A Rare Win for the Little Guy?

Nov 6, 2016 by

Could David actually beat Goliath in Florida’s political arena?

Amendment 1, the deceptive utility-backed solar amendment, looked certain for passage this November. Voters who were polled overwhelmingly supported the amendment, mistakenly believing it was pro-solar.

True solar proponents were outgunned. The powerful and deep-pocketed group behind Amendment 1 was brilliantly devious in crafting the amendment language, which squeaked by Florida Supreme Court review on a 4-3 vote. Also, the backers had $22 million to spend.

Solar enthusiasts had almost nothing — and solar’s popularity was working against them as voters were tricked into believing the utility-backed amendment was pro-solar. What a bitter irony — the successful result of their decades of advocating for solar being turned into support for changing the Florida Constitution to restrict it.

The Saint Leo University Polling Institute conducted a series of polls measuring support for Amendment 1. In its June 2016 poll, 77.3 percent of likely voters supported the ballot measure. In August the poll showed 81.4 percent support, and in September it grew to an incredible 84 percent. It takes 60 percent of the vote for a constitutional amendment to pass.

It was hard to fathom how this could be defeated. Even those enthusiastic about fighting it were getting discouraged. The polls were off the charts.

The utility-backed group sent out numerous glossy mailers — I got four — that painted this as mom and apple pie. Its TV ads blanketed the airwaves and were also top-quality deception — the best that money could buy. Heck, they even got crooner Pat Boone to record a robo-call to reach Florida’s seniors. Money was no object, and they smelled victory — a huge one.

Solar proponents screamed a little louder. The news media weighed in. Radio stations and some television stations started to air both sides of the issue. Columnists — including Carl Hiaasen — penned powerful and persuasive columns.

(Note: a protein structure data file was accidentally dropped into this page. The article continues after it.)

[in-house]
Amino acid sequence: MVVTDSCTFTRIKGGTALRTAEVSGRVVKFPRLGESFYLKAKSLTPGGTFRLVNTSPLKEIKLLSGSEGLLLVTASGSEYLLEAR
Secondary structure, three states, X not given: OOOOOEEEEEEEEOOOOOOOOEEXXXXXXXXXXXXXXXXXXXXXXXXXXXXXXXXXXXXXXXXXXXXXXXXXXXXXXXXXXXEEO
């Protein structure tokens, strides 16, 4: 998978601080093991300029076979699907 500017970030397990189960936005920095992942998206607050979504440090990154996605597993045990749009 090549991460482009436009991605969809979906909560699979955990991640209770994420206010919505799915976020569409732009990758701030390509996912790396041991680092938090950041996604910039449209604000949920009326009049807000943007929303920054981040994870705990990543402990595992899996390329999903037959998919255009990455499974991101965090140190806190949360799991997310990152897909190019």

Word started to spread across social media. Jimmy Buffett — a strong environmental voice — even posted a video with a handmade sign saying “No on 1.” Popular former governor and U.S. Sen. Bob Graham came out forcefully against it.

A true low-cost grass-roots effort began. A few “Vote No on 1” signs popped up in yards and as icons on Facebook.

Many newspapers editorially opposed Amendment 1 — at least 23 papers, including the Orlando Sentinel, have already publicly called for its defeat.

Reporters published articles on the true intent of the amendment’s backers. Mary Ellen Klas of the Times/Herald Tallahassee Bureau exposed how an insider revealed their strategy at a conference in Nashville.

Caught on tape, Sal Nuzzo, policy director at the James Madison Institute, which has worked with utilities, called it “an incredibly savvy maneuver” that “would completely negate anything the pro-solar interests would try to do either legislatively or constitutionally down the road.” He called it a bit of political jiu-jitsu.

Nuzzo was offering advice to energy leaders in other states. He told them to use the language of promoting solar because it polls very well.

His comments confirmed what pro-solar Amendment 1 opponents had been claiming — the utility-backed effort was intended to restrict third-party sales of rooftop solar by misleading voters and making them believe, falsely, that Amendment 1 would expand solar use.

Klas also wrote about an 84-year-old voter named Barbara Waks who found out about the utilities’ strategy one day after she mailed in her ballot. Waks said she almost cried after finding out she was duped. She’s warning others.

The truth is out, word is spreading, and momentum is building.

The latest Saint Leo poll released on Monday shows support has dropped 24 percentage points to 59.8 percent — just under the 60 percent needed for passage.

Four additional facts were presented to the respondents supporting Amendment 1: You already have the right to own solar equipment; it may restrict your ability to lease solar equipment from third-party vendors; it may restrict your ability to send back excess energy to offset your costs; and it’s backed by Florida utility companies.

Each of the facts eroded support to some degree. When all four were taken into consideration, support for Amendment 1 dropped to 35.4 percent. The more voters know about it, the less they like it.

Perhaps that’s why the utilities just threw in another $3.5 million — bringing their total to $26 million. And they recruited the firefighters — beloved by voters — to be the new face of the amendment. A firefighter friend — who voted no — told me he was dismayed.

Ignore their clever ads. Help spread the truth. Don’t let the utility industry deceive you into supporting restrictions on solar expansion by disguising it as pro-solar.

Wouldn’t it be great for the little guy to win one?

Paula Dockery served in the Florida Legislature for 16 years as a Republican from Lakeland.

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